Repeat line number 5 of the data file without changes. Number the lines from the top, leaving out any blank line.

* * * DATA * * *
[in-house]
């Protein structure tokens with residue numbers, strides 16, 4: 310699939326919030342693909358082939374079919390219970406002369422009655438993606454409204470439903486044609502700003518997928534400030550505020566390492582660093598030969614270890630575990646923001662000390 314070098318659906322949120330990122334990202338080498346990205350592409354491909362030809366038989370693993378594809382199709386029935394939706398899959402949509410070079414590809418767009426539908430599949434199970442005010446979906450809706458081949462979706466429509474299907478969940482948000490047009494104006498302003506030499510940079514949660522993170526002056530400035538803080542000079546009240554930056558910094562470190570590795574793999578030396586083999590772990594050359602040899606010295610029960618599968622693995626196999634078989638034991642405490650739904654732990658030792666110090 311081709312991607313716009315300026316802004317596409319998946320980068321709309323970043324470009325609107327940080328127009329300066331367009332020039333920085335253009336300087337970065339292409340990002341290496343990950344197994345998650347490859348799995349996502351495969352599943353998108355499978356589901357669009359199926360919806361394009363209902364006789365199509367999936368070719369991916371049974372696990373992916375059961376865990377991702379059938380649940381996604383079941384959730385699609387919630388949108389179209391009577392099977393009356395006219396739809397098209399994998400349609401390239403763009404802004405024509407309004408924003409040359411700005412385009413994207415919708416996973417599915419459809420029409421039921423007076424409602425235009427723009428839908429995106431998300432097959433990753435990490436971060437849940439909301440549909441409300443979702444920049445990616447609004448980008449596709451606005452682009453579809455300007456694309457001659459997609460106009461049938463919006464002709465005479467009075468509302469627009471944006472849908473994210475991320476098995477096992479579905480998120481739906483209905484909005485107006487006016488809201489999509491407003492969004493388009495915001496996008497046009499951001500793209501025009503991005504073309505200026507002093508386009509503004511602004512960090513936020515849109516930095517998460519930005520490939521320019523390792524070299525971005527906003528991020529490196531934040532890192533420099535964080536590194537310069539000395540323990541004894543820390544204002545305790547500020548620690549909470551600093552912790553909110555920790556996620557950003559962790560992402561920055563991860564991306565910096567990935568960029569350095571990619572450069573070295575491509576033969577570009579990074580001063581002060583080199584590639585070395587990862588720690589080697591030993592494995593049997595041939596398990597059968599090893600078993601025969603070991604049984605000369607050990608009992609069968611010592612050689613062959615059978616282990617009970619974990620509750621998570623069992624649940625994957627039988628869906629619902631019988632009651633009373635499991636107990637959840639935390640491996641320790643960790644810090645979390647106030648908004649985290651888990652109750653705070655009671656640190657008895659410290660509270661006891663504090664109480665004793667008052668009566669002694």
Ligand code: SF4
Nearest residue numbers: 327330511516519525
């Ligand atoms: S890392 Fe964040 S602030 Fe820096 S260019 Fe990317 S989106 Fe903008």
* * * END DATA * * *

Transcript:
């Ligand atoms: S890392 Fe964040 S602030 Fe820096 S260019 Fe990317 S989106 Fe903008």